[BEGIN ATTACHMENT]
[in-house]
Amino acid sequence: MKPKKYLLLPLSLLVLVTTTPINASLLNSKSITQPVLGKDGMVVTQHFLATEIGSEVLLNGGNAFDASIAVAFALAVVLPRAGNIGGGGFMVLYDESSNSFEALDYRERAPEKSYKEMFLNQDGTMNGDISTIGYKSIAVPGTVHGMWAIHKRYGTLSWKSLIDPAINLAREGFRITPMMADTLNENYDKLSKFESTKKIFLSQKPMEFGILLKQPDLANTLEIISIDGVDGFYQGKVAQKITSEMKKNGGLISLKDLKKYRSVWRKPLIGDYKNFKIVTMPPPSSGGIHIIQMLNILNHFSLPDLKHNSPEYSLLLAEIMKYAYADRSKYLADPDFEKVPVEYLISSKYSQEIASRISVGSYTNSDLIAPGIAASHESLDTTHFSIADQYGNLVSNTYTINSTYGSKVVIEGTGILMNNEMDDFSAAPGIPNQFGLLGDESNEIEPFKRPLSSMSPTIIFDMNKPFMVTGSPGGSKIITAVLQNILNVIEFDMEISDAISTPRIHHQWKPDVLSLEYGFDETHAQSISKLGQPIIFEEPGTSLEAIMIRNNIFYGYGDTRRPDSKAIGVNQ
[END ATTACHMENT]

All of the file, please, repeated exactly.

[in-house]
Amino acid sequence: MKPKKYLLLPLSLLVLVTTTPINASLLNSKSITQPVLGKDGMVVTQHFLATEIGSEVLLNGGNAFDASIAVAFALAVVLPRAGNIGGGGFMVLYDESSNSFEALDYRERAPEKSYKEMFLNQDGTMNGDISTIGYKSIAVPGTVHGMWAIHKRYGTLSWKSLIDPAINLAREGFRITPMMADTLNENYDKLSKFESTKKIFLSQKPMEFGILLKQPDLANTLEIISIDGVDGFYQGKVAQKITSEMKKNGGLISLKDLKKYRSVWRKPLIGDYKNFKIVTMPPPSSGGIHIIQMLNILNHFSLPDLKHNSPEYSLLLAEIMKYAYADRSKYLADPDFEKVPVEYLISSKYSQEIASRISVGSYTNSDLIAPGIAASHESLDTTHFSIADQYGNLVSNTYTINSTYGSKVVIEGTGILMNNEMDDFSAAPGIPNQFGLLGDESNEIEPFKRPLSSMSPTIIFDMNKPFMVTGSPGGSKIITAVLQNILNVIEFDMEISDAISTPRIHHQWKPDVLSLEYGFDETHAQSISKLGQPIIFEEPGTSLEAIMIRNNIFYGYGDTRRPDSKAIGVNQ